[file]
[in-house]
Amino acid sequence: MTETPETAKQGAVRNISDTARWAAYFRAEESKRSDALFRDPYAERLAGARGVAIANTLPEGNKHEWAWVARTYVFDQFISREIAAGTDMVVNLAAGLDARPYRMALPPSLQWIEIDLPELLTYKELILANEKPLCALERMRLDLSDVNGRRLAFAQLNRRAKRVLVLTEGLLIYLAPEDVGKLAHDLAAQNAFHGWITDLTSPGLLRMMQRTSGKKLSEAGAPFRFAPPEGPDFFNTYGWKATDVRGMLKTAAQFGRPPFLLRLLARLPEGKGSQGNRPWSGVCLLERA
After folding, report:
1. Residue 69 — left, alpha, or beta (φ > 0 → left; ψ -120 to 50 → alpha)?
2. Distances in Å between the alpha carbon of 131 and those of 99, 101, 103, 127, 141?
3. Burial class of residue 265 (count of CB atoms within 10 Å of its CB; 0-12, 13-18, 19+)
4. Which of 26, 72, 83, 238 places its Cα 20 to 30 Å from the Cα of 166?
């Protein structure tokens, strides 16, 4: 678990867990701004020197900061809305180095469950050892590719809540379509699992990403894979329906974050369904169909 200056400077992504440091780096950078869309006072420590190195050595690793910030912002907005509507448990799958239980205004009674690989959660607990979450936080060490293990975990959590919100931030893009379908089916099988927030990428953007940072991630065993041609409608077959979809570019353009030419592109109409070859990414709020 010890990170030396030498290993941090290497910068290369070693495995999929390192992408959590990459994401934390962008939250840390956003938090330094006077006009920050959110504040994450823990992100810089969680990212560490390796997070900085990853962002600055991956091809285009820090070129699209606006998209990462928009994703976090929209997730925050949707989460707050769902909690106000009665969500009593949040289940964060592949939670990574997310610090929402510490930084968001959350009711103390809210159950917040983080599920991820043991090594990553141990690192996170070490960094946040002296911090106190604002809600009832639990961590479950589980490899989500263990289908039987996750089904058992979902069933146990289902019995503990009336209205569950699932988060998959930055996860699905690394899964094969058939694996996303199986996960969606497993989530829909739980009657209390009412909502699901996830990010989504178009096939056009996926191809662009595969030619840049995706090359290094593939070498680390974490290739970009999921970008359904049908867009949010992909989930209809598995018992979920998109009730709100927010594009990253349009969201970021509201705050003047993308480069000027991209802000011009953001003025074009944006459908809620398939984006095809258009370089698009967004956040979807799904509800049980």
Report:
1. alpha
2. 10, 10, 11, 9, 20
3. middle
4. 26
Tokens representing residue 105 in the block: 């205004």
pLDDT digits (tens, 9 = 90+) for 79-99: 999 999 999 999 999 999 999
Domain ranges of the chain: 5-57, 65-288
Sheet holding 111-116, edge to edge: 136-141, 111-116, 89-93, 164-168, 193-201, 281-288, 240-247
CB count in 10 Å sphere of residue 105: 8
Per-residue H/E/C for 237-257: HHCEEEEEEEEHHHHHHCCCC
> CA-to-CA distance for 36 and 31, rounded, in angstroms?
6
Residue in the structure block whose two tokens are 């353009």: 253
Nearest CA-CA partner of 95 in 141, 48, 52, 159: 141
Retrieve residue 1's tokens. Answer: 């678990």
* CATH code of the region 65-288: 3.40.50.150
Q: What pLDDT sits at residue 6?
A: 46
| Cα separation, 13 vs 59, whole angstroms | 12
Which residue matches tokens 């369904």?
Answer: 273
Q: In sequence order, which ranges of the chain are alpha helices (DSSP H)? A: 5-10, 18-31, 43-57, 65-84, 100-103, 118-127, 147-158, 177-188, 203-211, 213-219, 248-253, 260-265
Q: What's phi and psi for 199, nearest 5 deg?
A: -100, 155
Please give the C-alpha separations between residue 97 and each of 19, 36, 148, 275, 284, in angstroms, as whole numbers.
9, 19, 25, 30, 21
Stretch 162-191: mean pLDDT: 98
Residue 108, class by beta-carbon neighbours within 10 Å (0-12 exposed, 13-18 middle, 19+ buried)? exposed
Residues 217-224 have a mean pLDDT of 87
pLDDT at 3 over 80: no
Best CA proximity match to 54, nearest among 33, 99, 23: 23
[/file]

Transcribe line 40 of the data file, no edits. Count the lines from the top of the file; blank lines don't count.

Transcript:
Best CA proximity match to 54, nearest among 33, 99, 23: 23